Filthy is such a, well, filthy word. Even when it’s not associated with dirt, like filthy rich, it still sounds so negative. I like the word feculent. It sounds so upper crust, don’t you know. One could say “Oh, I love your feculent hair,” and one whose vocabulary was normal, would consider it a compliment. Deceptive, isn’t it?
It’s easy to smile at someone and say something that sounds nice but it isn’t really what is meant. I’ve heard a lot of folks talk about people who seem to feel the need to ask questions such as, “How does this blouse look?” What’s a good response: 1) “Oh, very nice, dear.” or 2) “Well, it’s a nice blouse, but it looks a bit tight on you today.” There are some people who would handle number two. And then there are some that would be offended and respond curtly, “What? Are you saying I’m fat? I know I’ve gained fifty pounds but I’m stressed and what right do you have to accuse me of being fat?”
So we lie. Or at least I lie. Perhaps you don’t. Perhaps you say what you feel and fan the smoke away as best you can. That’s good. Personally, I think we are all wear a mask most of the time; we don’t say what’s on our minds, of exactly what we feel. It’s just a little white lie, right? There’s a scripture about speaking the truth in love. It means to say what is true, regardless of circumstances of another’s “feelings.” But it’s motive is to help, not tear down a person. It’s about showing loving kindness as we speak the truth. “Well, dear, the blouse is nice. And you look very nice, but it’s a little tight here and there.” Saying it nicely.
Perhaps that’s a silly example. The point is about motives. It’s one thing to choose not to potentially offend a person and actually do or say something that purposefully leads a person wrong. To use the “How does this blouse [or shirt] look” question. What is I ask it while I dress for a job interview. What if you don’t want me to get the job. So you answer that it looks great on me when it really doesn’t. It’s all about motive. It’s about loving kindness extended to people close to us and to people who are not necessarily close. It’s a filthy shame that we seem to constantly deceive one another in little ways; the little things we do lead to other things, bigger things.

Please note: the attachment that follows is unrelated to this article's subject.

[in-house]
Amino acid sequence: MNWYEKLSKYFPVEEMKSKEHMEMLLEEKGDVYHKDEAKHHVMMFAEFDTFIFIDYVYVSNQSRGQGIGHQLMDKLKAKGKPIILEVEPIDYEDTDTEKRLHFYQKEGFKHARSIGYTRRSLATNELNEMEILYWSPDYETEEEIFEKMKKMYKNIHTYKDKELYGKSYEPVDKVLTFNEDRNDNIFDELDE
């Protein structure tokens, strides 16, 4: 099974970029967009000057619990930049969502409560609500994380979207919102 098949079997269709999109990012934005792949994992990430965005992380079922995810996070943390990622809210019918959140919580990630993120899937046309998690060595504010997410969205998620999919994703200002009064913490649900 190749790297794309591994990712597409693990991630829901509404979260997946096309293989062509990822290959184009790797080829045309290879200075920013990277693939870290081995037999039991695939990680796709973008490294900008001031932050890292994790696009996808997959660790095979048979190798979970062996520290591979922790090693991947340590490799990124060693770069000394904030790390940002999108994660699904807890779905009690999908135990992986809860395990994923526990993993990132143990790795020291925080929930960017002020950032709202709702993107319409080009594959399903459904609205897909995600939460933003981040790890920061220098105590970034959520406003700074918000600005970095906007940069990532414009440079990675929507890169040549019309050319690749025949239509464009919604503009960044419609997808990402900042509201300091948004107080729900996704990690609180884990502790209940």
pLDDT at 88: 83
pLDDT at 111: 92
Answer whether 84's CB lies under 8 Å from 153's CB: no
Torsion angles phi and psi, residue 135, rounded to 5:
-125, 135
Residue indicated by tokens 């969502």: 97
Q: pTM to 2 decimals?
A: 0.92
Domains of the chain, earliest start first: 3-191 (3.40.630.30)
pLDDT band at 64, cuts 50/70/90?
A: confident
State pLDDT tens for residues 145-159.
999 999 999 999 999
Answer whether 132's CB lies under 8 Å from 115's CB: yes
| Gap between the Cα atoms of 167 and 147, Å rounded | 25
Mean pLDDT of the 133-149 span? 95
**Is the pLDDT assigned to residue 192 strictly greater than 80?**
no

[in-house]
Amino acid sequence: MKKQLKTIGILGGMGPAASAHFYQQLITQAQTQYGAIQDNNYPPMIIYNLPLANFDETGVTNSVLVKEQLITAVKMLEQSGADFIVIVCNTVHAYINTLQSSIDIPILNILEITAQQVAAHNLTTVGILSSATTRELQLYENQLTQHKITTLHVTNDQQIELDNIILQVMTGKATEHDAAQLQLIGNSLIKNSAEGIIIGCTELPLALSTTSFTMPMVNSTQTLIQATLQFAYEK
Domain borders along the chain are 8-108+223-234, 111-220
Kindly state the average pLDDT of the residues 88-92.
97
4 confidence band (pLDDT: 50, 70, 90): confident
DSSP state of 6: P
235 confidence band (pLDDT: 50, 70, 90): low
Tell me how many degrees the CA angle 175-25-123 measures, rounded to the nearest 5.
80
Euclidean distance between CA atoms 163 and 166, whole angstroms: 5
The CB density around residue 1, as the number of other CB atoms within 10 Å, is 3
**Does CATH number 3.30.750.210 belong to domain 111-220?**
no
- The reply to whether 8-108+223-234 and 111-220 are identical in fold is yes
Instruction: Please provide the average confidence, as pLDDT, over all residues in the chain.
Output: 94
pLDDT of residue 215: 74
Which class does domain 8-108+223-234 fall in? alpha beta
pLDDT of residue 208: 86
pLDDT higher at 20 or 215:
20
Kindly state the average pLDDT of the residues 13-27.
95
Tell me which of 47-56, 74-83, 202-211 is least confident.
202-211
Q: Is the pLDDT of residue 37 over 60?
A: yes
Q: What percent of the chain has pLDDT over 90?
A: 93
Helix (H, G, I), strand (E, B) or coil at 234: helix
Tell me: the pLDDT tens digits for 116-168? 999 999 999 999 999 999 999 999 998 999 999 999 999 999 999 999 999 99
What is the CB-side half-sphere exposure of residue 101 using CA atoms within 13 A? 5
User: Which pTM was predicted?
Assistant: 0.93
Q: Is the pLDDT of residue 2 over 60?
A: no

The bigger things are summed up in a scripture:
. . . Satan himself is transformed into an angel of light. (2 Corinthians 11:14)
It’s the way it is in our “modern” society. There are appearances of goodness, light, that within are nothing but darkness of evil. Churches are not immune to the deceptions of false teachings, especially when those teachings seem to look innocent. Take yoga, for example. It’s become somewhat accepted in churches, yet it doesn’t lead toward the Lord Who is our G-d. Rather it leads to an inner emptiness that eventually turns the practitioner away from the Master of the Universe.
We avoid deception, from what ever source it may come, by our relationship with G-d through His Son Y’shuaJesus. The Spirit of G-d empowers this relationship. We also maintain our balance in our life by our reading, digesting, the Scriptures, which are the Word of G-d to us.
Lord Bless, Keep, Shine. . .